This data base has been applied to the study of the mineralogy of manganese oxide concentrations of the terrestrial weathering environment. Through the integrated application of a variety of infrared spectroscopic, X-ray diffraction, electron optic, and chemical techniques, the characteristic mineralogy of desert varnish has been identified as bimessite, hematite, and mixed-layer illite-montmorillonite clay minerals. Clay minerals comprise greater than 70 percent of the varnish, the oxides constitute t he bulk of the remainder and are in intimate physical association with the clays. An abrupt change in chemistry, mineralogy, and morphology exists at the varnish-rock interface. The origin of the material is external to the rock which it coats. The clays are most likely transported by wind or water. The oxides appear to be transported by water. Clay minerals are necessary for varnish formation, probably through their influence on oxide concentration or deposition.

Morphological distinctions among desert varnish, manganese dendrites, river deposits and other manganese oxide concentrations of the terrestrial weathering environment have a sound basis in differences in their mineralogy. The manganese oxide in manganese dendrites is either romanechite or a hollandite group mineral. These are mixed with varying amounts of silicate minerals, which are a passive substrate for the oxide deposition. Manganese stream deposits are generally birnessite with minor amounts of silicate minerals; one nsutite stream deposit has been identified. Crack deposit mineralogy resembles that of manganese dendrites. Cave and subglacial deposit mineralogy resembles that of manganese stream deposits. No dendrite has been found to consist of pyrolusite. Hydropsilomelane concretions, which carry chemical remanent magnetization in sediments in Baja California, Mexico, consist of siltstone matrix minerals cemented by a manganese oxide having the chalcophanite structure. The high concentration of magnesium presumed to occur in the interlayer position of this mineral extends the known range of substitution in chalcophanite-structure minerals.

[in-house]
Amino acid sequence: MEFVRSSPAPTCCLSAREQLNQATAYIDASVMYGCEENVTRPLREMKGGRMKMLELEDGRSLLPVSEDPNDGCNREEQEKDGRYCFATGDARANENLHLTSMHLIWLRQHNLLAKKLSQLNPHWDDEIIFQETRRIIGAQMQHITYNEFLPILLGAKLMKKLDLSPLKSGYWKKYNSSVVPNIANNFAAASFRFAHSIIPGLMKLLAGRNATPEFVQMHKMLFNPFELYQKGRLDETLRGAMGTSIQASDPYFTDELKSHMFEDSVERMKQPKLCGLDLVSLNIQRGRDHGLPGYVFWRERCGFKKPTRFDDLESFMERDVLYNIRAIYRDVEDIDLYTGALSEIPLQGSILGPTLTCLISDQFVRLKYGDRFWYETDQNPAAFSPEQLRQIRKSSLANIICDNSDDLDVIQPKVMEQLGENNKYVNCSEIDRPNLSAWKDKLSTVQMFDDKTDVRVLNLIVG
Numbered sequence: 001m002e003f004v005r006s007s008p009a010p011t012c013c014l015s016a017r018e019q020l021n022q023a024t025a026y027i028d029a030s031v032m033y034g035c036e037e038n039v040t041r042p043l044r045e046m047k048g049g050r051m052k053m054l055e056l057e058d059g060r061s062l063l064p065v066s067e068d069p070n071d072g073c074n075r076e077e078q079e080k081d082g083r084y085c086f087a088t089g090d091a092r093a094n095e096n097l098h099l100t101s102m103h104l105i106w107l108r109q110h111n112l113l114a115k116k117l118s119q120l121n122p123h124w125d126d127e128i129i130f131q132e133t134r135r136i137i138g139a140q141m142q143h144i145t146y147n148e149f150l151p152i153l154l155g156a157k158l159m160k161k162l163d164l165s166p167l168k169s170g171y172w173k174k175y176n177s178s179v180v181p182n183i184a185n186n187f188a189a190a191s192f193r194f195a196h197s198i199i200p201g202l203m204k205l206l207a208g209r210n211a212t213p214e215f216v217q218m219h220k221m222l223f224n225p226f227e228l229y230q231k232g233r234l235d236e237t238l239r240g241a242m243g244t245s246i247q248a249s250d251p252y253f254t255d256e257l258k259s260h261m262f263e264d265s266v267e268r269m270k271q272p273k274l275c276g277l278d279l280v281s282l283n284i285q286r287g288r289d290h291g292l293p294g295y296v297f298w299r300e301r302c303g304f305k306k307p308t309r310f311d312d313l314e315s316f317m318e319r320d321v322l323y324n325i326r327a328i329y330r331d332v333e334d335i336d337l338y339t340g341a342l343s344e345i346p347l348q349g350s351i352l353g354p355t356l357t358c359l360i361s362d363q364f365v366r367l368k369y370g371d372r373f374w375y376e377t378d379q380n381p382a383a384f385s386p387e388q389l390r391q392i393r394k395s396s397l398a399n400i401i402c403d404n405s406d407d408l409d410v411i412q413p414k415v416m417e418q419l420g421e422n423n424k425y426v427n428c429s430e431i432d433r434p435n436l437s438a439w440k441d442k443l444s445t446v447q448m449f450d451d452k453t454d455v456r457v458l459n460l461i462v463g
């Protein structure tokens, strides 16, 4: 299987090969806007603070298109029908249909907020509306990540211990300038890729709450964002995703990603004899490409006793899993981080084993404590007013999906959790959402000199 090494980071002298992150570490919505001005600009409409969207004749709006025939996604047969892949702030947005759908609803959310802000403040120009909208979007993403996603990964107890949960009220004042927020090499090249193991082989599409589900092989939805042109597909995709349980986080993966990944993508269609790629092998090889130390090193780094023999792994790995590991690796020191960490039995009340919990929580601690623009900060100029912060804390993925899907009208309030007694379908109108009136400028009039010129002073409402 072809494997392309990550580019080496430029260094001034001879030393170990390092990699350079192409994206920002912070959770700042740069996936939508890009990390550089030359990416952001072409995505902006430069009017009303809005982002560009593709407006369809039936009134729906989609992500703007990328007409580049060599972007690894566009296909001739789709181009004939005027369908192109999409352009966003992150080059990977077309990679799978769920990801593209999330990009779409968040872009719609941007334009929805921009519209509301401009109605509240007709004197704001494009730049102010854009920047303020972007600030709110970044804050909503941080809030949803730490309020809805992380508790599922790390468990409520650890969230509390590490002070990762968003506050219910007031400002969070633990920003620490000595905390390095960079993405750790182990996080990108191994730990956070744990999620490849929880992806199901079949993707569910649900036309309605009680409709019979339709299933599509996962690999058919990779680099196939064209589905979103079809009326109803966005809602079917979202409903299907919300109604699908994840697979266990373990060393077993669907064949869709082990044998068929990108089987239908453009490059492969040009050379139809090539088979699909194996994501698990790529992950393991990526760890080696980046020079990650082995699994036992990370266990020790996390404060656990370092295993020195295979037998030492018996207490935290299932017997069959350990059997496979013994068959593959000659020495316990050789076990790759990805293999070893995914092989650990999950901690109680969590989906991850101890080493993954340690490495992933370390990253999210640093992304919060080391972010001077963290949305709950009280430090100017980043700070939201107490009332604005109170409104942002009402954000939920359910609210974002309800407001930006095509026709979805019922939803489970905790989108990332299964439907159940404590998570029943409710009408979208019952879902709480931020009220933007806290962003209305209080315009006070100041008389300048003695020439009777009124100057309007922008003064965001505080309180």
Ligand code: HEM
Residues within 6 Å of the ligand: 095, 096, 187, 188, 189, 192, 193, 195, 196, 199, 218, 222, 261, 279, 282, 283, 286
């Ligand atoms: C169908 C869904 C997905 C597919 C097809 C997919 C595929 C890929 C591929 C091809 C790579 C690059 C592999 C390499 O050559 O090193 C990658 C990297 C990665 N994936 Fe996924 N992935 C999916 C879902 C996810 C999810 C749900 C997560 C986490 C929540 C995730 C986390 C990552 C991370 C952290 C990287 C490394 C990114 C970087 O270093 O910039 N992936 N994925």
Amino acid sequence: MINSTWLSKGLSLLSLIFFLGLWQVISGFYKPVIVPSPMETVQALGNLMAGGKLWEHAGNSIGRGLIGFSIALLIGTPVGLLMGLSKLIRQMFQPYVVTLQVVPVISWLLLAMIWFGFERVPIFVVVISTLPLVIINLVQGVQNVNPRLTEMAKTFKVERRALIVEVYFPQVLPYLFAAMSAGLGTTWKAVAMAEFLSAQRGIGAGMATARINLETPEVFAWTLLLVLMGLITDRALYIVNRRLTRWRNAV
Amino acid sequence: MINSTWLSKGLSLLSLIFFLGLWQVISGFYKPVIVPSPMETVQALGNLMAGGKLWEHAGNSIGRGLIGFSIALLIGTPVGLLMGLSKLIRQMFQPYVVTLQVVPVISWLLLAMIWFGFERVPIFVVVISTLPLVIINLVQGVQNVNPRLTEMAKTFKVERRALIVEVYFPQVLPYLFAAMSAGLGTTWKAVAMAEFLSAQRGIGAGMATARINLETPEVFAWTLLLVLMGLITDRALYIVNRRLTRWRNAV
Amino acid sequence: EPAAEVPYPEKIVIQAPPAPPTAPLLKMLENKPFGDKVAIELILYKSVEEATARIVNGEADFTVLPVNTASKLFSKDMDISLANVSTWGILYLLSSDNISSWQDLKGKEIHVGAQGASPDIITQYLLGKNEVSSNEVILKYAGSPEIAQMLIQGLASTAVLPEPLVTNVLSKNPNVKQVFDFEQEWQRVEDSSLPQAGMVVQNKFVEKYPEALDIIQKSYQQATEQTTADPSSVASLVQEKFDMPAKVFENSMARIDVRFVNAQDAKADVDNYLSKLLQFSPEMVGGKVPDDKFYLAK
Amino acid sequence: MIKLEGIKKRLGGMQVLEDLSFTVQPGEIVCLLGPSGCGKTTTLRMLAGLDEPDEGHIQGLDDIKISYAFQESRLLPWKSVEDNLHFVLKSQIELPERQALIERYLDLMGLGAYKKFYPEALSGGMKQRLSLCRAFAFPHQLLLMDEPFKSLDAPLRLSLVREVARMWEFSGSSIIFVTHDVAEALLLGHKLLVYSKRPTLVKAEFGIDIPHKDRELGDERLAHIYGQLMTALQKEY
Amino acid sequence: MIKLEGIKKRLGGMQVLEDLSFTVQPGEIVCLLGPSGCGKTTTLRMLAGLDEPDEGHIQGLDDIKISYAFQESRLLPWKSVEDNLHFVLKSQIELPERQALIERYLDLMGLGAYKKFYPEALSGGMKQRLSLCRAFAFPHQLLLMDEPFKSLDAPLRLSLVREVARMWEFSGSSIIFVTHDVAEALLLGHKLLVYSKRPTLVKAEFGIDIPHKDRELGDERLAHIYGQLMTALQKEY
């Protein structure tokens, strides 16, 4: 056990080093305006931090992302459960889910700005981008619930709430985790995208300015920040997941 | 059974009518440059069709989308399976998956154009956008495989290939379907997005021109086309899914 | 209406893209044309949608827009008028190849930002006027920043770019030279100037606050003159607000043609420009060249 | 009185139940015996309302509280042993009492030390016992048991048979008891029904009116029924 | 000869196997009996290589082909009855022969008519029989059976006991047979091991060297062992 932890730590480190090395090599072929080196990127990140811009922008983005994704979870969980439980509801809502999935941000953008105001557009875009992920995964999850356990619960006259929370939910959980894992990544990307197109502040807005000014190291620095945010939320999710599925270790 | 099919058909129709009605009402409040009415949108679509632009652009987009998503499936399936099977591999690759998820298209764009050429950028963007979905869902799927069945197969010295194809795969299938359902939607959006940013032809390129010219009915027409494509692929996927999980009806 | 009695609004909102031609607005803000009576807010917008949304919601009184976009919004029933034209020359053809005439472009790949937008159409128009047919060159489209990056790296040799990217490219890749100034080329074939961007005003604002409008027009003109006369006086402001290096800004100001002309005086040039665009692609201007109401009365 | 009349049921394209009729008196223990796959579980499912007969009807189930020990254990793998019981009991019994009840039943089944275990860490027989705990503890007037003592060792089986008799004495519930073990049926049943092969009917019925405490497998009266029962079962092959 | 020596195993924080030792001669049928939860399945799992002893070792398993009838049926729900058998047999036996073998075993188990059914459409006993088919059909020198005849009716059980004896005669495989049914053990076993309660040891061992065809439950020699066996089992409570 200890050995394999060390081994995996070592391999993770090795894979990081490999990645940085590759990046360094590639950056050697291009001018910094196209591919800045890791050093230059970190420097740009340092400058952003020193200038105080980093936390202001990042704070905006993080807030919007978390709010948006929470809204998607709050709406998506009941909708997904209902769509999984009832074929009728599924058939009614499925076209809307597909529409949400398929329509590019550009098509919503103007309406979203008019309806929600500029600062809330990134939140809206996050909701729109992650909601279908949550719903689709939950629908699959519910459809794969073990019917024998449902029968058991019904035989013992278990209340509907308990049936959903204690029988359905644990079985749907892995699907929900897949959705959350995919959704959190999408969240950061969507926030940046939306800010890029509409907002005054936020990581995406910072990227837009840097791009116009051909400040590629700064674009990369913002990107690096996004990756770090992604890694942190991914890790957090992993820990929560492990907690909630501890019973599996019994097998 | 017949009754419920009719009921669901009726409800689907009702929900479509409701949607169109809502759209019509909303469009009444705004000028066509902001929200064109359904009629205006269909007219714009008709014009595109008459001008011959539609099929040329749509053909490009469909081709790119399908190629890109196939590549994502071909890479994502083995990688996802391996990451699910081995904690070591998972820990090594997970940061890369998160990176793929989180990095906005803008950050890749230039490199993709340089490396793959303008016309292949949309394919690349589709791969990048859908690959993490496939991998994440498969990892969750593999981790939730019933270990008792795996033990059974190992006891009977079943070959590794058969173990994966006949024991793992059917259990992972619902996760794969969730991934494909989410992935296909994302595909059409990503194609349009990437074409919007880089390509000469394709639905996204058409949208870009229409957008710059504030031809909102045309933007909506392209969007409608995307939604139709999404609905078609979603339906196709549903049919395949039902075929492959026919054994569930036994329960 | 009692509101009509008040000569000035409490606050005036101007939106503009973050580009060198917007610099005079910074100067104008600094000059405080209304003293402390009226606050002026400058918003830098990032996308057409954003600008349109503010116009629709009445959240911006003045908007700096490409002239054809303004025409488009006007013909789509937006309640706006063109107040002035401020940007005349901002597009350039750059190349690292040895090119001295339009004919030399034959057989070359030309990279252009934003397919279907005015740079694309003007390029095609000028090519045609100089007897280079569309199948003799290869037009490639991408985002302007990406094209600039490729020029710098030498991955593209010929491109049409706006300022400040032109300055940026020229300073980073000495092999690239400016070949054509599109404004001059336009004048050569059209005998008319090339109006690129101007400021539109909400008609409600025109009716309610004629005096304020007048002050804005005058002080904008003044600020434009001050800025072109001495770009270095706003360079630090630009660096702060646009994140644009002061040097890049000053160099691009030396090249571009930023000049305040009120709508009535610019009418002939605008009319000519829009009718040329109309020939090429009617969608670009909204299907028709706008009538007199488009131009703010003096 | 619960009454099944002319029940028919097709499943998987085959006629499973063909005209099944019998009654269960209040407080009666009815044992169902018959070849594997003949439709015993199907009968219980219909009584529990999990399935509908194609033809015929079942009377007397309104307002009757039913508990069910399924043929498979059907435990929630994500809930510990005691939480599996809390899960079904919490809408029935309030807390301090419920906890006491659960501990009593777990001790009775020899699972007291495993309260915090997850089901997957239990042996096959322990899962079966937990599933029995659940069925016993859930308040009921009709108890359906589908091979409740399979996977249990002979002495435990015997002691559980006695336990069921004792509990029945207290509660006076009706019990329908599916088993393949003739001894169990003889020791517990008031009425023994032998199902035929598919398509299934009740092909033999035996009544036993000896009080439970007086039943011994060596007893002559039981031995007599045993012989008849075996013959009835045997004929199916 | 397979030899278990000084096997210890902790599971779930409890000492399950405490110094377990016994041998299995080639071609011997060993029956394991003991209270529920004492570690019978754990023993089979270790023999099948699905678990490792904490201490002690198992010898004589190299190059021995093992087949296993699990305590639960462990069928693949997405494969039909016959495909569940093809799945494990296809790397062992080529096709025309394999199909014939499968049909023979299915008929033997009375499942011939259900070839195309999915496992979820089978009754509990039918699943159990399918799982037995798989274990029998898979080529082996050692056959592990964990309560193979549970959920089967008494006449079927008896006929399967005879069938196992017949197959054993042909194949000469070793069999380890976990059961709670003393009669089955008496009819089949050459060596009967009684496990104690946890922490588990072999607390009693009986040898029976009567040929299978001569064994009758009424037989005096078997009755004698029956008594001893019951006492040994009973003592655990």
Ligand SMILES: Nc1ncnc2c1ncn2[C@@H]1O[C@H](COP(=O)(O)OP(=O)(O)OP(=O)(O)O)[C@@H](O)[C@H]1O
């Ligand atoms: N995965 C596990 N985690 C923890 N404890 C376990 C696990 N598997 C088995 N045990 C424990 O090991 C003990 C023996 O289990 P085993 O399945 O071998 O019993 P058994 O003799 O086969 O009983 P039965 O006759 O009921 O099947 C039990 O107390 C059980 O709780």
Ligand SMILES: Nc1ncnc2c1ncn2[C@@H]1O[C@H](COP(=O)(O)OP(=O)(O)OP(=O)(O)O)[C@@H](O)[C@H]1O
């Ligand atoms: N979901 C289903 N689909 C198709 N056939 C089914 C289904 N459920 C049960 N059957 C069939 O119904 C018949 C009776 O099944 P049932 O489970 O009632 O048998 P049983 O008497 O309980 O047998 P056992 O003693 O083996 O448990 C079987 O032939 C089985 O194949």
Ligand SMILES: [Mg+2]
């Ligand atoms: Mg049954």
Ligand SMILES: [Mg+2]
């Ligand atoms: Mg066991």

Item Type:Thesis (Dissertation (Ph.D.))
Subject Keywords:(Geochemistry and Chemistry)
Degree Grantor:California Institute of Technology
Division:Geological and Planetary Sciences
Major Option:Geochemistry
Minor Option:Chemistry
Thesis Availability:Public (worldwide access)
Research Advisor(s):
  • Rossman, George Robert
Thesis Committee:
  • Unknown, Unknown
Defense Date:8 November 1978
Funding AgencyGrant Number
L.S.B. Leaky FoundationUNSPECIFIED
John S. McCarthy FoundationUNSPECIFIED
Record Number:CaltechTHESIS:09192022-193330791
Persistent URL:
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URLURL TypeDescription adapted for Chapter 3 adapted for Chapter 3
Default Usage Policy:No commercial reproduction, distribution, display or performance rights in this work are provided.
ID Code:15032
Deposited By: Tony Diaz
Deposited On:19 Sep 2022 23:24
Last Modified:19 Sep 2022 23:24